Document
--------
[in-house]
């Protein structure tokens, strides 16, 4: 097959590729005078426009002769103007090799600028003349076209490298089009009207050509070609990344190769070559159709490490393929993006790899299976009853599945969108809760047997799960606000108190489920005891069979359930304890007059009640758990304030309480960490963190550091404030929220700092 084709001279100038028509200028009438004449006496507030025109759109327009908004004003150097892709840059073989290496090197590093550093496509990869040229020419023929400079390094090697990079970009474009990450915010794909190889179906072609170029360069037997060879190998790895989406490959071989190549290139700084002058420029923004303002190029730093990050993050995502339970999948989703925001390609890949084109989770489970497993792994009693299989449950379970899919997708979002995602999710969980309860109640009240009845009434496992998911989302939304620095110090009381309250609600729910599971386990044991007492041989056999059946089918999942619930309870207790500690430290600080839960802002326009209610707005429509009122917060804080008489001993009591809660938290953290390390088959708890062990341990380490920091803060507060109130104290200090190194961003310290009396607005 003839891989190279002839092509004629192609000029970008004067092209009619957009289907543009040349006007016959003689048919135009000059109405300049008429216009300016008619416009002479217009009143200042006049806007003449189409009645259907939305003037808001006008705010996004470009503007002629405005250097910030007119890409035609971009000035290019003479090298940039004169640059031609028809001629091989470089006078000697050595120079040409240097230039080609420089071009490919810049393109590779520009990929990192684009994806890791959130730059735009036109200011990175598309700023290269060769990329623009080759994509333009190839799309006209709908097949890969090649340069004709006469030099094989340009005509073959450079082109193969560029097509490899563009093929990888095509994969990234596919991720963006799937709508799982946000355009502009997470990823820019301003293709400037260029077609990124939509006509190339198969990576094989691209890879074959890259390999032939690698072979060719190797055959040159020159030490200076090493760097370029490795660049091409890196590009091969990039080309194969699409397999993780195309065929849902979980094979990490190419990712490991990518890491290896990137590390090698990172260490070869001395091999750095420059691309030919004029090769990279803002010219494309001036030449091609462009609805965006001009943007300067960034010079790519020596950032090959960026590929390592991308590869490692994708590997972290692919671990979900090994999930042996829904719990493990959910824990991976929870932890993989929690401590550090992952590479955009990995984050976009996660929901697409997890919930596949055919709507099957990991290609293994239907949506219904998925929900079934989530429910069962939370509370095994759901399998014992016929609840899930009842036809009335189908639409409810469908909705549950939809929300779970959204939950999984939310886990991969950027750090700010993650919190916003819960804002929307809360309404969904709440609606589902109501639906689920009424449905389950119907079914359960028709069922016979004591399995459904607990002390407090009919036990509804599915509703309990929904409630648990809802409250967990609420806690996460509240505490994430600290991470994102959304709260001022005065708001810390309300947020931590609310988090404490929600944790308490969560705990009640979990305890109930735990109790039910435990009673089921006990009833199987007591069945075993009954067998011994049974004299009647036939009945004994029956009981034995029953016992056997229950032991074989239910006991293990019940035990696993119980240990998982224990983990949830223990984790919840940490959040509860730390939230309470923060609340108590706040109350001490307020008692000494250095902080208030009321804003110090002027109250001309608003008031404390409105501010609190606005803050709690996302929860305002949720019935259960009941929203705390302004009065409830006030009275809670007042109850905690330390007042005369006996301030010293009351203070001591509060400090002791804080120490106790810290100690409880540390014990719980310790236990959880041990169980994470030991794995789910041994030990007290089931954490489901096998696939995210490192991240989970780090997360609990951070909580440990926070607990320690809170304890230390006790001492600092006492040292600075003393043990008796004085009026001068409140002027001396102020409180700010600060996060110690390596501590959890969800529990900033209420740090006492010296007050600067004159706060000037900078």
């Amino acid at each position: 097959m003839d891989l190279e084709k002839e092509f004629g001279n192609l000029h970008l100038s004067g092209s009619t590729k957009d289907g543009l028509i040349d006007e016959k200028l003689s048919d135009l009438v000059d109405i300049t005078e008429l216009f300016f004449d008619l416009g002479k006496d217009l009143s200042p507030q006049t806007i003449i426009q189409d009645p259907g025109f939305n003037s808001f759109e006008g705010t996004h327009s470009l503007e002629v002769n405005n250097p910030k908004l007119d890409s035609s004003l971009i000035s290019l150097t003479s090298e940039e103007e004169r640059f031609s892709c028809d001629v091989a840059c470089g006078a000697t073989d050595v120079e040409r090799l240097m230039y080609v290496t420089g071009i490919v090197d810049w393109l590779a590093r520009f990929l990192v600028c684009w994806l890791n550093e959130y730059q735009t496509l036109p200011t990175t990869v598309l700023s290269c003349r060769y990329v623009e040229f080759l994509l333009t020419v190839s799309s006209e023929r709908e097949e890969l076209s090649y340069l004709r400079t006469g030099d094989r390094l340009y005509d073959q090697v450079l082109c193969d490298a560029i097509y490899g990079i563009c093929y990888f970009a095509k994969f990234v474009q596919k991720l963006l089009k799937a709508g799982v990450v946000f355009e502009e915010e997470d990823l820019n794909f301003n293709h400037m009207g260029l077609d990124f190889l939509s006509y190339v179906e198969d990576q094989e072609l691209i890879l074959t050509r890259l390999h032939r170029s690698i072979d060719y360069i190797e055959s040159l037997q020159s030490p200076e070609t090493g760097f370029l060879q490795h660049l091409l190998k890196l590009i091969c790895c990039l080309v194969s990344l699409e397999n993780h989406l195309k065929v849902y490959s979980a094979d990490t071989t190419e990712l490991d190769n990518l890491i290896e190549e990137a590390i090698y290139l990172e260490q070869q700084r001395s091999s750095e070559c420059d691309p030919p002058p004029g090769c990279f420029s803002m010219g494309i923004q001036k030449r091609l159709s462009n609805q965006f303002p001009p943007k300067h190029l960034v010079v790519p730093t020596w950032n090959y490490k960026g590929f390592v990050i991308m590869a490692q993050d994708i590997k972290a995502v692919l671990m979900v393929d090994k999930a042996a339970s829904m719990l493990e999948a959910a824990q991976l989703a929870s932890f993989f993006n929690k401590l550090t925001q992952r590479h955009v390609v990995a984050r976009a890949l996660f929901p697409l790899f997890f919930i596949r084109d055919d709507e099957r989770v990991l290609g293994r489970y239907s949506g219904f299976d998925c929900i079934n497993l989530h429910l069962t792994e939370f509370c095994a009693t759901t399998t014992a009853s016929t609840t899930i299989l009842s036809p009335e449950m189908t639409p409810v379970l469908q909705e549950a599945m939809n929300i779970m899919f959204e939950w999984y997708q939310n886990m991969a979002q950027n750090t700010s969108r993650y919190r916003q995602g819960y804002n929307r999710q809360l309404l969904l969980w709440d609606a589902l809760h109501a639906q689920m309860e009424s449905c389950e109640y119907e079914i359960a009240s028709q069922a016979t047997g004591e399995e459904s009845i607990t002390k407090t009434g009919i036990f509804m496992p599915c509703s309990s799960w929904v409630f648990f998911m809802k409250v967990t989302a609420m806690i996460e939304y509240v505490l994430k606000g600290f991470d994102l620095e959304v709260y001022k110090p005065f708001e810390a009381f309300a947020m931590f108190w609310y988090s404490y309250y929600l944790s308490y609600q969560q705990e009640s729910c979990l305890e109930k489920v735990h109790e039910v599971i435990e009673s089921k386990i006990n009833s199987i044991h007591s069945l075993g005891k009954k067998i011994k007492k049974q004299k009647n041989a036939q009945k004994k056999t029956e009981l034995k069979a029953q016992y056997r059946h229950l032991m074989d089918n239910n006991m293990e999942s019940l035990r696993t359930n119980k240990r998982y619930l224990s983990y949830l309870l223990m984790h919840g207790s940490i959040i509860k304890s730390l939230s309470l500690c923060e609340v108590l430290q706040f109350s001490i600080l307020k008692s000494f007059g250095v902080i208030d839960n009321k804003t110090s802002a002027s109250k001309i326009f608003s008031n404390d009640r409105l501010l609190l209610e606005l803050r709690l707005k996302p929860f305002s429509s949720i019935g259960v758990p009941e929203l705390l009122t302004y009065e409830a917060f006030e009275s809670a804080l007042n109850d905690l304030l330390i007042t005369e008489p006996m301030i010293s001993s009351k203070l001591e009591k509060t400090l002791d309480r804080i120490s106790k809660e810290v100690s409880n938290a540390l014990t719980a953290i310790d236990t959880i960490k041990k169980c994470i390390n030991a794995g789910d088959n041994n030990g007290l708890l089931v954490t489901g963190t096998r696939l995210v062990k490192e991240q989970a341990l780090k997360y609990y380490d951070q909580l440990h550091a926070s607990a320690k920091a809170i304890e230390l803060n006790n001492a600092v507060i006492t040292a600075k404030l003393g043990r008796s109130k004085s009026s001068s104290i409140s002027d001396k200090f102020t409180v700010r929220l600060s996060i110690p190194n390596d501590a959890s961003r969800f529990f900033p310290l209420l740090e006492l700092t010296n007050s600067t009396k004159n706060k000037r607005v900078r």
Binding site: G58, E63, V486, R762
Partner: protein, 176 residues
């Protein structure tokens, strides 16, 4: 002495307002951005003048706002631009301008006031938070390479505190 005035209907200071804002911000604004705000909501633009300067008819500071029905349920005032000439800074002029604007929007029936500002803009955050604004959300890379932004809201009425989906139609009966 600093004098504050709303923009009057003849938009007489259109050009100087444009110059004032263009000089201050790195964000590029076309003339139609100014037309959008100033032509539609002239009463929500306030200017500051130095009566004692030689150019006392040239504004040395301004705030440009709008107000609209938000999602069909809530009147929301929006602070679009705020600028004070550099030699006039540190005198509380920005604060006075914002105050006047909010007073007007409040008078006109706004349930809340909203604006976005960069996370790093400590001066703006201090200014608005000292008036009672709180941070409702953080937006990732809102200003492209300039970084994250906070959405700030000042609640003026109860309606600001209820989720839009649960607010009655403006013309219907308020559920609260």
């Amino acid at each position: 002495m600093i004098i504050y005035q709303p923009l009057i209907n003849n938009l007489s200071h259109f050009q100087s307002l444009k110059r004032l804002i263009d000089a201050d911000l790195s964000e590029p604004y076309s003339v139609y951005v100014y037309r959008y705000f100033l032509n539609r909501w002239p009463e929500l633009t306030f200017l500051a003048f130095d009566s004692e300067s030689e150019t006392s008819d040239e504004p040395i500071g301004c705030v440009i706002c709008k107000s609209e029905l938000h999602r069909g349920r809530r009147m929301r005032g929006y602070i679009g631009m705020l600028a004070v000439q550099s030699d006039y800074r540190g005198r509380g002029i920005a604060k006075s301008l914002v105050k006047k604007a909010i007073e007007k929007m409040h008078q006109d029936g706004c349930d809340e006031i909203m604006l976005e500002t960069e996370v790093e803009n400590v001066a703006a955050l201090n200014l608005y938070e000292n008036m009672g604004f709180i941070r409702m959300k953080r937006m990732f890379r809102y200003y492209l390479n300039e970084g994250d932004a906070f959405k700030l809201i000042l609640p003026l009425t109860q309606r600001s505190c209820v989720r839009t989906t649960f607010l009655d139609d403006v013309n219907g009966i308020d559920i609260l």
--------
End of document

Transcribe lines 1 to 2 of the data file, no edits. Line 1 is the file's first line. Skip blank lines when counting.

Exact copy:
[in-house]
């Protein structure tokens, strides 16, 4: 097959590729005078426009002769103007090799600028003349076209490298089009009207050509070609990344190769070559159709490490393929993006790899299976009853599945969108809760047997799960606000108190489920005891069979359930304890007059009640758990304030309480960490963190550091404030929220700092 084709001279100038028509200028009438004449006496507030025109759109327009908004004003150097892709840059073989290496090197590093550093496509990869040229020419023929400079390094090697990079970009474009990450915010794909190889179906072609170029360069037997060879190998790895989406490959071989190549290139700084002058420029923004303002190029730093990050993050995502339970999948989703925001390609890949084109989770489970497993792994009693299989449950379970899919997708979002995602999710969980309860109640009240009845009434496992998911989302939304620095110090009381309250609600729910599971386990044991007492041989056999059946089918999942619930309870207790500690430290600080839960802002326009209610707005429509009122917060804080008489001993009591809660938290953290390390088959708890062990341990380490920091803060507060109130104290200090190194961003310290009396607005 003839891989190279002839092509004629192609000029970008004067092209009619957009289907543009040349006007016959003689048919135009000059109405300049008429216009300016008619416009002479217009009143200042006049806007003449189409009645259907939305003037808001006008705010996004470009503007002629405005250097910030007119890409035609971009000035290019003479090298940039004169640059031609028809001629091989470089006078000697050595120079040409240097230039080609420089071009490919810049393109590779520009990929990192684009994806890791959130730059735009036109200011990175598309700023290269060769990329623009080759994509333009190839799309006209709908097949890969090649340069004709006469030099094989340009005509073959450079082109193969560029097509490899563009093929990888095509994969990234596919991720963006799937709508799982946000355009502009997470990823820019301003293709400037260029077609990124939509006509190339198969990576094989691209890879074959890259390999032939690698072979060719190797055959040159020159030490200076090493760097370029490795660049091409890196590009091969990039080309194969699409397999993780195309065929849902979980094979990490190419990712490991990518890491290896990137590390090698990172260490070869001395091999750095420059691309030919004029090769990279803002010219494309001036030449091609462009609805965006001009943007300067960034010079790519020596950032090959960026590929390592991308590869490692994708590997972290692919671990979900090994999930042996829904719990493990959910824990991976929870932890993989929690401590550090992952590479955009990995984050976009996660929901697409997890919930596949055919709507099957990991290609293994239907949506219904998925929900079934989530429910069962939370509370095994759901399998014992016929609840899930009842036809009335189908639409409810469908909705549950939809929300779970959204939950999984939310886990991969950027750090700010993650919190916003819960804002929307809360309404969904709440609606589902109501639906689920009424449905389950119907079914359960028709069922016979004591399995459904607990002390407090009919036990509804599915509703309990929904409630648990809802409250967990609420806690996460509240505490994430600290991470994102959304709260001022005065708001810390309300947020931590609310988090404490929600944790308490969560705990009640979990305890109930735990109790039910435990009673089921006990009833199987007591069945075993009954067998011994049974004299009647036939009945004994029956009981034995029953016992056997229950032991074989239910006991293990019940035990696993119980240990998982224990983990949830223990984790919840940490959040509860730390939230309470923060609340108590706040109350001490307020008692000494250095902080208030009321804003110090002027109250001309608003008031404390409105501010609190606005803050709690996302929860305002949720019935259960009941929203705390302004009065409830006030009275809670007042109850905690330390007042005369006996301030010293009351203070001591509060400090002791804080120490106790810290100690409880540390014990719980310790236990959880041990169980994470030991794995789910041994030990007290089931954490489901096998696939995210490192991240989970780090997360609990951070909580440990926070607990320690809170304890230390006790001492600092006492040292600075003393043990008796004085009026001068409140002027001396102020409180700010600060996060110690390596501590959890969800529990900033209420740090006492010296007050600067004159706060000037900078």